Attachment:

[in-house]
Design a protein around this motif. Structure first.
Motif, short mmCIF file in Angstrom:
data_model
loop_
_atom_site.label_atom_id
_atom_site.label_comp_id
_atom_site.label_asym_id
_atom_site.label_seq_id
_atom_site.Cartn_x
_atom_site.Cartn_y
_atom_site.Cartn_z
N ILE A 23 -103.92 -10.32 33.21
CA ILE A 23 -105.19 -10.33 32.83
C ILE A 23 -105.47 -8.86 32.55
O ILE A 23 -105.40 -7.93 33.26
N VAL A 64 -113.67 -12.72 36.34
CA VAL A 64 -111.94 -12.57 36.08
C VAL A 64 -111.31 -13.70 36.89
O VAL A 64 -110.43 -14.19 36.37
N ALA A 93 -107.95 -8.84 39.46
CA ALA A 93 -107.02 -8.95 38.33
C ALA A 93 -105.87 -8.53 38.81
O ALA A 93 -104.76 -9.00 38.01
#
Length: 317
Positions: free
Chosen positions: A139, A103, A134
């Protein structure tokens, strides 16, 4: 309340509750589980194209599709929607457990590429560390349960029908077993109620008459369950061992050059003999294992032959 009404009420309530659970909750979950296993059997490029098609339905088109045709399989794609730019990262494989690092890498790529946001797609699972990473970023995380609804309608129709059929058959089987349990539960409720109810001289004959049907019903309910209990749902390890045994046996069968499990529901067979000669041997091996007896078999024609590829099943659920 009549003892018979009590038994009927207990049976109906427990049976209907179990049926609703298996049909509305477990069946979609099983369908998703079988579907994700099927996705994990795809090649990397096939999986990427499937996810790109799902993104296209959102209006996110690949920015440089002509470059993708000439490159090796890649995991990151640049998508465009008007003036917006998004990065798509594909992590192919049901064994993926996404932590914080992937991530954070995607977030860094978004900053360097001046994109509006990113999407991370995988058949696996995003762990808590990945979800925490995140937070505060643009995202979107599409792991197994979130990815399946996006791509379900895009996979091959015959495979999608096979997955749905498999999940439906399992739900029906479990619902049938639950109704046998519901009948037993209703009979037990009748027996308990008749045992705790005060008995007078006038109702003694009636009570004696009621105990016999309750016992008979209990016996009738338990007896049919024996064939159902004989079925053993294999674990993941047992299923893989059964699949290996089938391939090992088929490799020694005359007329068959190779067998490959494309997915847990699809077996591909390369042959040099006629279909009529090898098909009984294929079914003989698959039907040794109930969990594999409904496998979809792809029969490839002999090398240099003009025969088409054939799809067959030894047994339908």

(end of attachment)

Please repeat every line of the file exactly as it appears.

[in-house]
Design a protein around this motif. Structure first.
Motif, short mmCIF file in Angstrom:
data_model
loop_
_atom_site.label_atom_id
_atom_site.label_comp_id
_atom_site.label_asym_id
_atom_site.label_seq_id
_atom_site.Cartn_x
_atom_site.Cartn_y
_atom_site.Cartn_z
N ILE A 23 -103.92 -10.32 33.21
CA ILE A 23 -105.19 -10.33 32.83
C ILE A 23 -105.47 -8.86 32.55
O ILE A 23 -105.40 -7.93 33.26
N VAL A 64 -113.67 -12.72 36.34
CA VAL A 64 -111.94 -12.57 36.08
C VAL A 64 -111.31 -13.70 36.89
O VAL A 64 -110.43 -14.19 36.37
N ALA A 93 -107.95 -8.84 39.46
CA ALA A 93 -107.02 -8.95 38.33
C ALA A 93 -105.87 -8.53 38.81
O ALA A 93 -104.76 -9.00 38.01
#
Length: 317
Positions: free
Chosen positions: A139, A103, A134
């Protein structure tokens, strides 16, 4: 309340509750589980194209599709929607457990590429560390349960029908077993109620008459369950061992050059003999294992032959 009404009420309530659970909750979950296993059997490029098609339905088109045709399989794609730019990262494989690092890498790529946001797609699972990473970023995380609804309608129709059929058959089987349990539960409720109810001289004959049907019903309910209990749902390890045994046996069968499990529901067979000669041997091996007896078999024609590829099943659920 009549003892018979009590038994009927207990049976109906427990049976209907179990049926609703298996049909509305477990069946979609099983369908998703079988579907994700099927996705994990795809090649990397096939999986990427499937996810790109799902993104296209959102209006996110690949920015440089002509470059993708000439490159090796890649995991990151640049998508465009008007003036917006998004990065798509594909992590192919049901064994993926996404932590914080992937991530954070995607977030860094978004900053360097001046994109509006990113999407991370995988058949696996995003762990808590990945979800925490995140937070505060643009995202979107599409792991197994979130990815399946996006791509379900895009996979091959015959495979999608096979997955749905498999999940439906399992739900029906479990619902049938639950109704046998519901009948037993209703009979037990009748027996308990008749045992705790005060008995007078006038109702003694009636009570004696009621105990016999309750016992008979209990016996009738338990007896049919024996064939159902004989079925053993294999674990993941047992299923893989059964699949290996089938391939090992088929490799020694005359007329068959190779067998490959494309997915847990699809077996591909390369042959040099006629279909009529090898098909009984294929079914003989698959039907040794109930969990594999409904496998979809792809029969490839002999090398240099003009025969088409054939799809067959030894047994339908």